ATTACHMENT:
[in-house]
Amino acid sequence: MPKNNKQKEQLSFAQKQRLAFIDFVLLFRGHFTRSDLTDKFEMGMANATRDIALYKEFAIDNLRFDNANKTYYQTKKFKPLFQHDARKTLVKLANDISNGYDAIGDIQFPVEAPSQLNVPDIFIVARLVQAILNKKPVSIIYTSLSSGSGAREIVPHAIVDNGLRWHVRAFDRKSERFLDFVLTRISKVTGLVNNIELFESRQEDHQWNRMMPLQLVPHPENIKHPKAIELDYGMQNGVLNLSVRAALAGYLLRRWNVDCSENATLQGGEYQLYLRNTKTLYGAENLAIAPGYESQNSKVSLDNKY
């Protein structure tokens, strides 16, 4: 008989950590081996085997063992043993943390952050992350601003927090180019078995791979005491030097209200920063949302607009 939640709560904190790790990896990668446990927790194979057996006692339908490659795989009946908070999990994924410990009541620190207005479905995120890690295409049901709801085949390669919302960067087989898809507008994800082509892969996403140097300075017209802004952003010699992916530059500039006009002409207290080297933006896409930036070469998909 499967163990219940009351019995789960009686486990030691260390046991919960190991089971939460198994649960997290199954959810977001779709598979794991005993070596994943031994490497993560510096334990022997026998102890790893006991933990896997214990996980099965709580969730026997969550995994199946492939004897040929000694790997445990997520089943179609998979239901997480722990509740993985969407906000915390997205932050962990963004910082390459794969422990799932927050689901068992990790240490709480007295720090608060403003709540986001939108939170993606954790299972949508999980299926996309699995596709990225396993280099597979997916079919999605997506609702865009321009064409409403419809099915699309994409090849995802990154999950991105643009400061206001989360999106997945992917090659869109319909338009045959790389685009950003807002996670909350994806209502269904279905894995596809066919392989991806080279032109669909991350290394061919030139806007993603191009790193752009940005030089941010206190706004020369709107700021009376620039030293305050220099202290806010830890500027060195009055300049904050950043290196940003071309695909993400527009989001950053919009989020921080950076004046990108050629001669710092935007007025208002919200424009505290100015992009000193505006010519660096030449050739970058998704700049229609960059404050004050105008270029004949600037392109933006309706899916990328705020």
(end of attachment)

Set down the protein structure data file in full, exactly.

[in-house]
Amino acid sequence: MPKNNKQKEQLSFAQKQRLAFIDFVLLFRGHFTRSDLTDKFEMGMANATRDIALYKEFAIDNLRFDNANKTYYQTKKFKPLFQHDARKTLVKLANDISNGYDAIGDIQFPVEAPSQLNVPDIFIVARLVQAILNKKPVSIIYTSLSSGSGAREIVPHAIVDNGLRWHVRAFDRKSERFLDFVLTRISKVTGLVNNIELFESRQEDHQWNRMMPLQLVPHPENIKHPKAIELDYGMQNGVLNLSVRAALAGYLLRRWNVDCSENATLQGGEYQLYLRNTKTLYGAENLAIAPGYESQNSKVSLDNKY
């Protein structure tokens, strides 16, 4: 008989950590081996085997063992043993943390952050992350601003927090180019078995791979005491030097209200920063949302607009 939640709560904190790790990896990668446990927790194979057996006692339908490659795989009946908070999990994924410990009541620190207005479905995120890690295409049901709801085949390669919302960067087989898809507008994800082509892969996403140097300075017209802004952003010699992916530059500039006009002409207290080297933006896409930036070469998909 499967163990219940009351019995789960009686486990030691260390046991919960190991089971939460198994649960997290199954959810977001779709598979794991005993070596994943031994490497993560510096334990022997026998102890790893006991933990896997214990996980099965709580969730026997969550995994199946492939004897040929000694790997445990997520089943179609998979239901997480722990509740993985969407906000915390997205932050962990963004910082390459794969422990799932927050689901068992990790240490709480007295720090608060403003709540986001939108939170993606954790299972949508999980299926996309699995596709990225396993280099597979997916079919999605997506609702865009321009064409409403419809099915699309994409090849995802990154999950991105643009400061206001989360999106997945992917090659869109319909338009045959790389685009950003807002996670909350994806209502269904279905894995596809066919392989991806080279032109669909991350290394061919030139806007993603191009790193752009940005030089941010206190706004020369709107700021009376620039030293305050220099202290806010830890500027060195009055300049904050950043290196940003071309695909993400527009989001950053919009989020921080950076004046990108050629001669710092935007007025208002919200424009505290100015992009000193505006010519660096030449050739970058998704700049229609960059404050004050105008270029004949600037392109933006309706899916990328705020």